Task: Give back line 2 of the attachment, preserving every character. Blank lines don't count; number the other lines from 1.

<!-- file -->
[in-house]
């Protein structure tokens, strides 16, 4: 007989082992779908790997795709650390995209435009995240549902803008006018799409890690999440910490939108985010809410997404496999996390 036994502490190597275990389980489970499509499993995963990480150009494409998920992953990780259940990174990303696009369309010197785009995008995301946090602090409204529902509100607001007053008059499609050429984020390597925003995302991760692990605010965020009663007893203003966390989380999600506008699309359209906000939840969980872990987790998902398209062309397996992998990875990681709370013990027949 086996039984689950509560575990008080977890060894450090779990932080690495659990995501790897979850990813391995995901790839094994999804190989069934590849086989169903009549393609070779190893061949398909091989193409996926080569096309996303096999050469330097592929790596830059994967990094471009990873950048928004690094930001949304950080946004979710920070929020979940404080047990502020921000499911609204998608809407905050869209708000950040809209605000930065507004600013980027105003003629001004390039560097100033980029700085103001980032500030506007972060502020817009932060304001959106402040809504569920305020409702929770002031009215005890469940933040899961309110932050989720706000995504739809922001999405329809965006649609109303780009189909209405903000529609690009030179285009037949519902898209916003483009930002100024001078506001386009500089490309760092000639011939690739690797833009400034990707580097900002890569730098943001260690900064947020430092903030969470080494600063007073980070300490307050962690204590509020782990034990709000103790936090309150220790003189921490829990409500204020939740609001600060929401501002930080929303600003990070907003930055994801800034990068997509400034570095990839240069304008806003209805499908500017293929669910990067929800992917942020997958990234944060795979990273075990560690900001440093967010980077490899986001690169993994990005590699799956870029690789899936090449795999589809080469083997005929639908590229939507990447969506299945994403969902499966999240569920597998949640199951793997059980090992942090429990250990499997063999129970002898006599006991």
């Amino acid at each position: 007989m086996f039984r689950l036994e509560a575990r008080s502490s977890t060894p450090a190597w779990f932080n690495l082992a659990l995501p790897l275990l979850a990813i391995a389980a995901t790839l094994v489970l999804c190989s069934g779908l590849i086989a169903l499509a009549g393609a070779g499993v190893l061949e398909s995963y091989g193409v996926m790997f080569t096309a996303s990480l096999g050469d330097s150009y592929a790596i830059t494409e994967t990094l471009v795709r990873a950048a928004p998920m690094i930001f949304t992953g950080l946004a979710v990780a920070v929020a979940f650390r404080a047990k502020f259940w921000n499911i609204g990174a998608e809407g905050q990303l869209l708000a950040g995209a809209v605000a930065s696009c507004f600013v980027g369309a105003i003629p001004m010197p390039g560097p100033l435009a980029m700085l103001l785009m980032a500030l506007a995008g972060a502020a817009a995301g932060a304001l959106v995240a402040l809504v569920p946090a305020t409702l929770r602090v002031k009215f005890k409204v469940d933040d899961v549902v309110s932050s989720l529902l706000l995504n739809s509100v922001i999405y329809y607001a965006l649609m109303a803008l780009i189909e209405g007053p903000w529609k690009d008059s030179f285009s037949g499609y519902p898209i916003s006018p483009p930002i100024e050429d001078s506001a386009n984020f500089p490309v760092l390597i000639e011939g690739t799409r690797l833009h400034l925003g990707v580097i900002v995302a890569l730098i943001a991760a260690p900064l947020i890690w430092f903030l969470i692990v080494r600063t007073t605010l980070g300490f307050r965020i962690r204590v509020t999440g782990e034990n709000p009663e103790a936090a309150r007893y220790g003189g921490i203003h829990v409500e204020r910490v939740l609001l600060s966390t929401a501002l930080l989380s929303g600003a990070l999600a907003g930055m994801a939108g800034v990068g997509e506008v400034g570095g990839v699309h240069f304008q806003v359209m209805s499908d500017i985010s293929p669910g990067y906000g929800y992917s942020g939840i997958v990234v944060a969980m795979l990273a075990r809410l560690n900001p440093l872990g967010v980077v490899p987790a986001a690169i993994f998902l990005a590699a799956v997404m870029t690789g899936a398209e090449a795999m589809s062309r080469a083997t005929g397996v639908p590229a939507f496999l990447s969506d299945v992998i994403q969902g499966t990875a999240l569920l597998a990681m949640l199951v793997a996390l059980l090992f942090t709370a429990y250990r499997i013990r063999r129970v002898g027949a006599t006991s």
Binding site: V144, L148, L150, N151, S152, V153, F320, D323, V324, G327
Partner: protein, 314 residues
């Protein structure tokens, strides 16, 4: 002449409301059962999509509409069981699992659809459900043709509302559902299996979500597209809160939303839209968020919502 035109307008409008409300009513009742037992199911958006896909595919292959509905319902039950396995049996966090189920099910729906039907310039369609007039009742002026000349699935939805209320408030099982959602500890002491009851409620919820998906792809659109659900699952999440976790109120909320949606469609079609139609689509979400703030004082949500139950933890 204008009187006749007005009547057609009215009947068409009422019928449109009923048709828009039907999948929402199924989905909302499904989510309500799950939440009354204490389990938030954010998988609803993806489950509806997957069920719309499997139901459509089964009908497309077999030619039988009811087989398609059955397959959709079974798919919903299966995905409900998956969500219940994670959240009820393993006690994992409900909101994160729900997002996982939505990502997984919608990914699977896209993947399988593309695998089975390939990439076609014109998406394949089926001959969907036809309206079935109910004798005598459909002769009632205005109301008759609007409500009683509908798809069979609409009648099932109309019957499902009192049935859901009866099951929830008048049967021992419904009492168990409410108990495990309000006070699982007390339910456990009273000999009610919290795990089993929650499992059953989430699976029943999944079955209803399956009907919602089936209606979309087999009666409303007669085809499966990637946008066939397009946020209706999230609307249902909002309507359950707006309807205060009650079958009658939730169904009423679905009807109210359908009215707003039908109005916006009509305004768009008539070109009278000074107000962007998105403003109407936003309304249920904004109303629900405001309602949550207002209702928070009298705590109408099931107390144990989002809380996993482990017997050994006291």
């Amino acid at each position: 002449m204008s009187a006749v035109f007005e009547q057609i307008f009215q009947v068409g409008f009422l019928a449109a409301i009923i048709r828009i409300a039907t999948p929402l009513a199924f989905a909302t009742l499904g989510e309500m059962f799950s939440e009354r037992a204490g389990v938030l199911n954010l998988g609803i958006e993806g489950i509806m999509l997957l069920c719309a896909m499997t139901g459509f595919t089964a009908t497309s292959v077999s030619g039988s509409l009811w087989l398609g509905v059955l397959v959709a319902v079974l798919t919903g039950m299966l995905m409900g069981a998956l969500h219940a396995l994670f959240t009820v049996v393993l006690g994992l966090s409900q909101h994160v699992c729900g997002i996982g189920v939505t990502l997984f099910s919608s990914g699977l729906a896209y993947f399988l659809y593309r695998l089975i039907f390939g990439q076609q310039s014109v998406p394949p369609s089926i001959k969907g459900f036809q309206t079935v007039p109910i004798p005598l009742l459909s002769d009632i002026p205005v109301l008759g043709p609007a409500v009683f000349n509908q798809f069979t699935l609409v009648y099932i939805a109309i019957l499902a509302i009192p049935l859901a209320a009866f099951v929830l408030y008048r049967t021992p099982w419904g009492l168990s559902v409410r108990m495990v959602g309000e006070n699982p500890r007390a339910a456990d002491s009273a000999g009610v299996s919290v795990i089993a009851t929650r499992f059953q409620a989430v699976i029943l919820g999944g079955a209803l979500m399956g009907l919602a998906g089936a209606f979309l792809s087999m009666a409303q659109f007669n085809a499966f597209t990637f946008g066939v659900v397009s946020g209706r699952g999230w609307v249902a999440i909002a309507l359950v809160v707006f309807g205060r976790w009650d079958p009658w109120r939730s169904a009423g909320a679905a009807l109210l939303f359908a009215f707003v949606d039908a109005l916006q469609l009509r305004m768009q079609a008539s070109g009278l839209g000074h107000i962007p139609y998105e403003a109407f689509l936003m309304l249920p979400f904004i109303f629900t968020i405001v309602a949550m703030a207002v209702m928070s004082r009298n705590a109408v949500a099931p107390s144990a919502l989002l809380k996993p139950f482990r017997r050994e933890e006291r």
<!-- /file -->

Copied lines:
């Protein structure tokens, strides 16, 4: 007989082992779908790997795709650390995209435009995240549902803008006018799409890690999440910490939108985010809410997404496999996390 036994502490190597275990389980489970499509499993995963990480150009494409998920992953990780259940990174990303696009369309010197785009995008995301946090602090409204529902509100607001007053008059499609050429984020390597925003995302991760692990605010965020009663007893203003966390989380999600506008699309359209906000939840969980872990987790998902398209062309397996992998990875990681709370013990027949 086996039984689950509560575990008080977890060894450090779990932080690495659990995501790897979850990813391995995901790839094994999804190989069934590849086989169903009549393609070779190893061949398909091989193409996926080569096309996303096999050469330097592929790596830059994967990094471009990873950048928004690094930001949304950080946004979710920070929020979940404080047990502020921000499911609204998608809407905050869209708000950040809209605000930065507004600013980027105003003629001004390039560097100033980029700085103001980032500030506007972060502020817009932060304001959106402040809504569920305020409702929770002031009215005890469940933040899961309110932050989720706000995504739809922001999405329809965006649609109303780009189909209405903000529609690009030179285009037949519902898209916003483009930002100024001078506001386009500089490309760092000639011939690739690797833009400034990707580097900002890569730098943001260690900064947020430092903030969470080494600063007073980070300490307050962690204590509020782990034990709000103790936090309150220790003189921490829990409500204020939740609001600060929401501002930080929303600003990070907003930055994801800034990068997509400034570095990839240069304008806003209805499908500017293929669910990067929800992917942020997958990234944060795979990273075990560690900001440093967010980077490899986001690169993994990005590699799956870029690789899936090449795999589809080469083997005929639908590229939507990447969506299945994403969902499966999240569920597998949640199951793997059980090992942090429990250990499997063999129970002898006599006991």